Sumner has mainly produced singles until now, but Incubation flows nicely as an album. Though it isn't explicitly styled as a soundtrack, it does have a futurist and foreboding sci-fi feeling throughout. "Against The Wall" feels like something nasty scraping at a bulkhead, while the ambient "Counterpoint" creates the sense of being sucked out of an airlock. Probably the clearest echo of Mills is in the album's minutely-detailed beats and unsettling tones, which also form a clear continuum from Feed-Forward.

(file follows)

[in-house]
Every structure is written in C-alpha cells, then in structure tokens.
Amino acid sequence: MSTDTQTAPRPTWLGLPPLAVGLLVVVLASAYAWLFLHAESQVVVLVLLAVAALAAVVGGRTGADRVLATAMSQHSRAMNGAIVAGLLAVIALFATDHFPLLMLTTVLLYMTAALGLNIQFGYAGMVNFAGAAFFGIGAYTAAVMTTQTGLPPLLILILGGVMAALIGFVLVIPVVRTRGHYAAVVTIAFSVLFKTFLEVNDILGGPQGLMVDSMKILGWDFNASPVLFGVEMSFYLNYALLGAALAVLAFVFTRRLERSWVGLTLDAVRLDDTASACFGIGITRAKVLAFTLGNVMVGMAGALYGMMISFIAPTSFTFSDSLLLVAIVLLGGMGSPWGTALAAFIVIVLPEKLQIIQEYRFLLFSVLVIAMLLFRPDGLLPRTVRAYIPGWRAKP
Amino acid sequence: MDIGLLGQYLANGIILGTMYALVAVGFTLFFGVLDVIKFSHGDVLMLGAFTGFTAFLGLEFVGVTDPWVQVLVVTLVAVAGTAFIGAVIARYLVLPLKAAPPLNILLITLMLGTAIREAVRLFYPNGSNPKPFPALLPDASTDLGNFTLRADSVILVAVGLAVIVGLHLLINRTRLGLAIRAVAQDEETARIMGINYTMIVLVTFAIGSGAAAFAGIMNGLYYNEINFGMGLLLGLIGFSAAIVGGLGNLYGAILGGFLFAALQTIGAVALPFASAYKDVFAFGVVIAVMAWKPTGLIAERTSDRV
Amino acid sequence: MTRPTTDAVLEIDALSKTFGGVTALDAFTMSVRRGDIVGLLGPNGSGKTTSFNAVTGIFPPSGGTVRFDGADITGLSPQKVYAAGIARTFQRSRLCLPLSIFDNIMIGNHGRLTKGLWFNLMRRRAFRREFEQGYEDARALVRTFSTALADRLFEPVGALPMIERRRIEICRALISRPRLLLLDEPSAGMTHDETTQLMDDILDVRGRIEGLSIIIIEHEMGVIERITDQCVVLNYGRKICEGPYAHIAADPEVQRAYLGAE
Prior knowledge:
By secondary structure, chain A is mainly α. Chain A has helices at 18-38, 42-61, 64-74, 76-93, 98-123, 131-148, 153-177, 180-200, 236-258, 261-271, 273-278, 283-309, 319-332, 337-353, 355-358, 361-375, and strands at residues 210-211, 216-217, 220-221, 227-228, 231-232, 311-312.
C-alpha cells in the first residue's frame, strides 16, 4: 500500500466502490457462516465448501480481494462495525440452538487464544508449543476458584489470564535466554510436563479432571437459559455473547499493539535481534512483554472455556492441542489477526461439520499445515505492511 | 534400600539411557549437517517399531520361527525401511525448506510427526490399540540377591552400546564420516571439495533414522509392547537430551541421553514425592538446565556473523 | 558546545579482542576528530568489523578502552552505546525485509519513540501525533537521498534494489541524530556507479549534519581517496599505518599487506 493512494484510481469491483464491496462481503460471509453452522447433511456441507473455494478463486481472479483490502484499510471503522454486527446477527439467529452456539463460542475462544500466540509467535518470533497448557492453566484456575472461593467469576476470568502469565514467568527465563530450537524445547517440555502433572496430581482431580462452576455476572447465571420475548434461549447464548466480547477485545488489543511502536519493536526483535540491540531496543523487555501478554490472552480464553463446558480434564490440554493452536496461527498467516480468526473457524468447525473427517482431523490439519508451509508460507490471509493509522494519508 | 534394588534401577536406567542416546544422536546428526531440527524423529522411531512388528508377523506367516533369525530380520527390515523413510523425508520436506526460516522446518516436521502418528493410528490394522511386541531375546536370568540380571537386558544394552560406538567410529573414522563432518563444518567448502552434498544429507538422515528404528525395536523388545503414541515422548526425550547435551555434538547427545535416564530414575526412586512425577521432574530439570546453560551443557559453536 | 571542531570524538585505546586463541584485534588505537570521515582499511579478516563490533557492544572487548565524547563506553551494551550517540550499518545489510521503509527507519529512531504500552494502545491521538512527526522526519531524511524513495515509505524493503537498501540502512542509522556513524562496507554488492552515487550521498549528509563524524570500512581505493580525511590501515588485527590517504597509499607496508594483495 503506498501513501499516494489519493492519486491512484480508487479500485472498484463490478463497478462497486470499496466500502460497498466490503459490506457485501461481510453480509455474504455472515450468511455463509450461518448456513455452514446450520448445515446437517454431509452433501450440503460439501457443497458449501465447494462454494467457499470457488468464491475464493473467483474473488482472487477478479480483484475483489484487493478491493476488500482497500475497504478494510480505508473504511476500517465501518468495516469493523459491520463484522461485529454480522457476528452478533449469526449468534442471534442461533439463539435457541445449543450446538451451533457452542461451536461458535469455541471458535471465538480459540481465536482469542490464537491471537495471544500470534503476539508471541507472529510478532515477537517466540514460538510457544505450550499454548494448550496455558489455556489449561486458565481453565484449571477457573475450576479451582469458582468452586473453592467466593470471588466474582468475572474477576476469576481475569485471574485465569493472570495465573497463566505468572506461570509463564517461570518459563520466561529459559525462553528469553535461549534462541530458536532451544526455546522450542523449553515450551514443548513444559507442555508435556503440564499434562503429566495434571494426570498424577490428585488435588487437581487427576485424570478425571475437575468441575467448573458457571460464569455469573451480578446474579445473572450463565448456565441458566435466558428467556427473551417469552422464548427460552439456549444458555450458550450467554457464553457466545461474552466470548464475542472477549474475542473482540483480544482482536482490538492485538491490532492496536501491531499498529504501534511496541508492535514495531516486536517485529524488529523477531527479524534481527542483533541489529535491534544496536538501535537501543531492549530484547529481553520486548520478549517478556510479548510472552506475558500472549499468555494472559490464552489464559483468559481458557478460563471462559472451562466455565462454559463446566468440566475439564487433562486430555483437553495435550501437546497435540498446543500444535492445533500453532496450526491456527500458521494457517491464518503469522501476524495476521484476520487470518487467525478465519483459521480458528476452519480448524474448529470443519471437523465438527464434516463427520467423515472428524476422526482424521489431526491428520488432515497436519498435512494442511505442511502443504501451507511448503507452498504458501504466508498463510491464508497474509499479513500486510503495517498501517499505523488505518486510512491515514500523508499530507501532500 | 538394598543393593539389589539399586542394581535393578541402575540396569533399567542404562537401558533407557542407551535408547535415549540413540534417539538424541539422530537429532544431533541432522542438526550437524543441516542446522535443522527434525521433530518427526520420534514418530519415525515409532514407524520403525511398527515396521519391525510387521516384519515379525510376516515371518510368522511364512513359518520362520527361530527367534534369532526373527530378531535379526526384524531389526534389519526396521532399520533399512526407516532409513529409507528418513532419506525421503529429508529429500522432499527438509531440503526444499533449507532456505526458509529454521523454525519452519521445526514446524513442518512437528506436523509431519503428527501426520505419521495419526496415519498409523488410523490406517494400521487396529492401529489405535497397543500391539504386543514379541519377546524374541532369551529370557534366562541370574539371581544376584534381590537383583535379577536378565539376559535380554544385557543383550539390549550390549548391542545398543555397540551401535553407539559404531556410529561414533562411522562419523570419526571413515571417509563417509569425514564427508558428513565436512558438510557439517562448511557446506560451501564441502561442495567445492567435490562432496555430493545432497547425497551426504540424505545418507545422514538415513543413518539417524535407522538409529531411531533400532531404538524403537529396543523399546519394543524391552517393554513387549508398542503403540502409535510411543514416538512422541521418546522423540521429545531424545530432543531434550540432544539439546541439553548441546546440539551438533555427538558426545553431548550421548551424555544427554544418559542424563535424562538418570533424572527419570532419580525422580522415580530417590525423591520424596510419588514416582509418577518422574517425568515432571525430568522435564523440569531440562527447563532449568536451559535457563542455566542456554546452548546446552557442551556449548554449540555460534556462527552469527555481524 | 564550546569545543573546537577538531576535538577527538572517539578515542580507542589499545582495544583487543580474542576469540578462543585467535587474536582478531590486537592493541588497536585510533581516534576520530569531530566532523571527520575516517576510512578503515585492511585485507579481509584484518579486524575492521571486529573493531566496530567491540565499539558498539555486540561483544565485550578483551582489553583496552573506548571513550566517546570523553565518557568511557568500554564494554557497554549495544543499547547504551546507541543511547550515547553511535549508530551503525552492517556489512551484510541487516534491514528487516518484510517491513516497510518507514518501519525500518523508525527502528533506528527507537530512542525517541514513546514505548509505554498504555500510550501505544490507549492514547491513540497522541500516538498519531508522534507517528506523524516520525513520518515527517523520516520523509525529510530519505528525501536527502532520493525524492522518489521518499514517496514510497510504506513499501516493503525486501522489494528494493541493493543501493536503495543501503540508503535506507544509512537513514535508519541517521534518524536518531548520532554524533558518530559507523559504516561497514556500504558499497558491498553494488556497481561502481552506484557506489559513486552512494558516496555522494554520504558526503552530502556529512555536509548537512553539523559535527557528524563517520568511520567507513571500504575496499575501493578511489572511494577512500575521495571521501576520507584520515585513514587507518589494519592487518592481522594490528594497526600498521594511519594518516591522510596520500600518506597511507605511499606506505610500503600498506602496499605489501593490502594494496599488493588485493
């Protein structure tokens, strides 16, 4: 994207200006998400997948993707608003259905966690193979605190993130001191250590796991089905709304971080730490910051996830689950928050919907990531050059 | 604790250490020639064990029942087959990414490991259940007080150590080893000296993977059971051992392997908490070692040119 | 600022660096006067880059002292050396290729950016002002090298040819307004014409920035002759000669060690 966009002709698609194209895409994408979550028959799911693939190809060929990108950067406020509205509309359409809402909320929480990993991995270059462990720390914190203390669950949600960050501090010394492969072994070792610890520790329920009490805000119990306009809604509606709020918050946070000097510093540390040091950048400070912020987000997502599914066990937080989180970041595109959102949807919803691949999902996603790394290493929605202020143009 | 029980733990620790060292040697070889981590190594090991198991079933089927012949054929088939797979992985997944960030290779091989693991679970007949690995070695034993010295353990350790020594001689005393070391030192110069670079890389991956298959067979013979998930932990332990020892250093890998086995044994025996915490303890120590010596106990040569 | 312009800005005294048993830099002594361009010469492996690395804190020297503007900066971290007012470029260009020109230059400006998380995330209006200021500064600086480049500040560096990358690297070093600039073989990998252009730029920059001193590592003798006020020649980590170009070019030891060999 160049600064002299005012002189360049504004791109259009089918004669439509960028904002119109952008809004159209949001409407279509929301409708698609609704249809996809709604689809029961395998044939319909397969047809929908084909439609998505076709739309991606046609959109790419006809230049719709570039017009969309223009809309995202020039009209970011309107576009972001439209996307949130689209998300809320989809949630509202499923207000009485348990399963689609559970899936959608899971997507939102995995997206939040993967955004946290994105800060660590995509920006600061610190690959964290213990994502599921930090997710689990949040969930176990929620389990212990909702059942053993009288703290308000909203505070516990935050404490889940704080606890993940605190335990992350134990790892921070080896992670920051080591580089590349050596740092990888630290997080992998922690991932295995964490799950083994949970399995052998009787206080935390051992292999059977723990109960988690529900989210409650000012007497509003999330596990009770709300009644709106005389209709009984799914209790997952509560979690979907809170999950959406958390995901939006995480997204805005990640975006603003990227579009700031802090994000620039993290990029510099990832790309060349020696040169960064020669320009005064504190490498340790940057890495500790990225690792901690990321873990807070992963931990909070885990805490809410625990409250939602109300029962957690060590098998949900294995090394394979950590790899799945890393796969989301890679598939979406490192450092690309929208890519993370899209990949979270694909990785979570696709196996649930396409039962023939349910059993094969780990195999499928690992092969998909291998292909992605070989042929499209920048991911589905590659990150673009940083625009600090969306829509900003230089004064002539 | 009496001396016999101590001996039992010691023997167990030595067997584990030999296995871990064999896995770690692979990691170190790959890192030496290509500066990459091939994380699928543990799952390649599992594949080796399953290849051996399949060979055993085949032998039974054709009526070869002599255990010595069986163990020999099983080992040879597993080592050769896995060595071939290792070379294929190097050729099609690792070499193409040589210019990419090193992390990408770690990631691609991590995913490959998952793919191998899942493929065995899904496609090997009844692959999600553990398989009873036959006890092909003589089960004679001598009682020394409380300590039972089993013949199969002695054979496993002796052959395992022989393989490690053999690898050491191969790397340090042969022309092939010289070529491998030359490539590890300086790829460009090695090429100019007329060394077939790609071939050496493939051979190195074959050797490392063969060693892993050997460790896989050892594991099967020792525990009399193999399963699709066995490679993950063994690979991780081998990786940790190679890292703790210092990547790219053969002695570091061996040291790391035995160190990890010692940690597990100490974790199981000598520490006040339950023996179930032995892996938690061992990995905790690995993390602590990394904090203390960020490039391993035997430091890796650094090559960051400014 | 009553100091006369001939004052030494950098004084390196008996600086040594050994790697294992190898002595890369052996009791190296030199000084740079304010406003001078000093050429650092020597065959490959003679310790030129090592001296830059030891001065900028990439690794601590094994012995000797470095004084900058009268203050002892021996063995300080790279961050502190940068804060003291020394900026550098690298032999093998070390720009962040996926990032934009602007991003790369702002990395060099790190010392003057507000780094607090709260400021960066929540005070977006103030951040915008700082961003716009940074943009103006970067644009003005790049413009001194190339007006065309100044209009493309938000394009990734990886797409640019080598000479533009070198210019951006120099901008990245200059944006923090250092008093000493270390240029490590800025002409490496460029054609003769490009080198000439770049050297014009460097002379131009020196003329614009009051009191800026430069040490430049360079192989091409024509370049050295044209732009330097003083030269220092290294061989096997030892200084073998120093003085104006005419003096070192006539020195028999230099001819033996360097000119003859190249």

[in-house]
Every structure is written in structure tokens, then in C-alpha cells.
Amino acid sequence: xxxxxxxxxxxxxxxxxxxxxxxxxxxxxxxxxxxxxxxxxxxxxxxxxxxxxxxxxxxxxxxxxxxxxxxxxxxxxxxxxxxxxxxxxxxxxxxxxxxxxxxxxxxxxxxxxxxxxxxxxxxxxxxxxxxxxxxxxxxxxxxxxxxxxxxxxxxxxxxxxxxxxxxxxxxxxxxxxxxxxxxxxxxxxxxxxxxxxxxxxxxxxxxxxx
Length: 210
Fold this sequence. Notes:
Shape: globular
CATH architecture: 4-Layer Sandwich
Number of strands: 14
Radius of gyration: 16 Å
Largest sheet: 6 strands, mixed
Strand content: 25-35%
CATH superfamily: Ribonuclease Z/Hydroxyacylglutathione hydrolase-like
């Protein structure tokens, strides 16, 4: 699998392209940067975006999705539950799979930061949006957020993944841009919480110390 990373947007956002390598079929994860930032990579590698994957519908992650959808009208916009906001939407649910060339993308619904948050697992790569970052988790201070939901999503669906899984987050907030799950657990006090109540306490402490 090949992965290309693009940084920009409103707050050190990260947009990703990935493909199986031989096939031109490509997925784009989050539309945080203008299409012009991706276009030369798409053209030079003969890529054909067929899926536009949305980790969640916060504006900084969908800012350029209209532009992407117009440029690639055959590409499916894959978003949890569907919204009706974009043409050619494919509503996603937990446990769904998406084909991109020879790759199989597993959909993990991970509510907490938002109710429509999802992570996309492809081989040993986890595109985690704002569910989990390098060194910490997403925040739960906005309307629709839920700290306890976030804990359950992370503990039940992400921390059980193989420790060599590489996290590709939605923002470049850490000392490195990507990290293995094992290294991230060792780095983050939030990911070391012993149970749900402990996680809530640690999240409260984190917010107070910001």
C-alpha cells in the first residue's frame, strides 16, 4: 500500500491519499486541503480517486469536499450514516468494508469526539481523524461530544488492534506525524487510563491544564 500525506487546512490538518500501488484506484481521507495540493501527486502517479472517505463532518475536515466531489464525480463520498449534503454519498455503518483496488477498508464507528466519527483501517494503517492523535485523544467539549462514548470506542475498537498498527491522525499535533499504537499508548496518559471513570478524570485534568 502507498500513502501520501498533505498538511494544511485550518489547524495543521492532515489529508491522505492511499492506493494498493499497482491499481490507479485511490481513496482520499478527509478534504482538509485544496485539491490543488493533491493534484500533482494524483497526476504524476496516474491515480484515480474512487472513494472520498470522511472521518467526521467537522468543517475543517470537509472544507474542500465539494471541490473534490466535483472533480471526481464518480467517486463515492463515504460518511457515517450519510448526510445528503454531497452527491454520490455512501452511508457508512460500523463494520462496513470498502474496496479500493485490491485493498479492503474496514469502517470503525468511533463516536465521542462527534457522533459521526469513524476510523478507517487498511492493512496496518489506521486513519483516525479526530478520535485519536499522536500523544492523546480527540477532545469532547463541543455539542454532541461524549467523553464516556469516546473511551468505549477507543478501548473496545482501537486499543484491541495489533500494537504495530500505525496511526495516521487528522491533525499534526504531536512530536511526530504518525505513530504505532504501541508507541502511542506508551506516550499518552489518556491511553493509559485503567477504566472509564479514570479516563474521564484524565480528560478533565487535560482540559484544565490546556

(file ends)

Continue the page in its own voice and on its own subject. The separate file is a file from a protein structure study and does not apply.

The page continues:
Incubation feels full of space both texturally and technically, due in no small part to the fact Sumner entrusted the mixdown to veteran engineer Tobias Freund. The void that seems to open up beneath you on "Voiceprint" gives the album a vertiginous sense of scale right from the start. Even the pounding beat of "Voiceprint (Reprise)" begins to feel weightless towards the end as it fades beneath the vaporous melodies that slowly creep over it. A new version of the previously released "Inter" sounds even more expansive than the original, like something from one of Warp's old Artificial Intelligence compilations. Yet it's the rhythms rather than the bleak sonics that give this album its feeling of suspended animation. Instead of driving forward on tracks like "Gradient I," they circle in hypnotic loops. Taken as a whole, Incubation is an album that lures you into dark places in your brain rather than moving your body on the dance floor.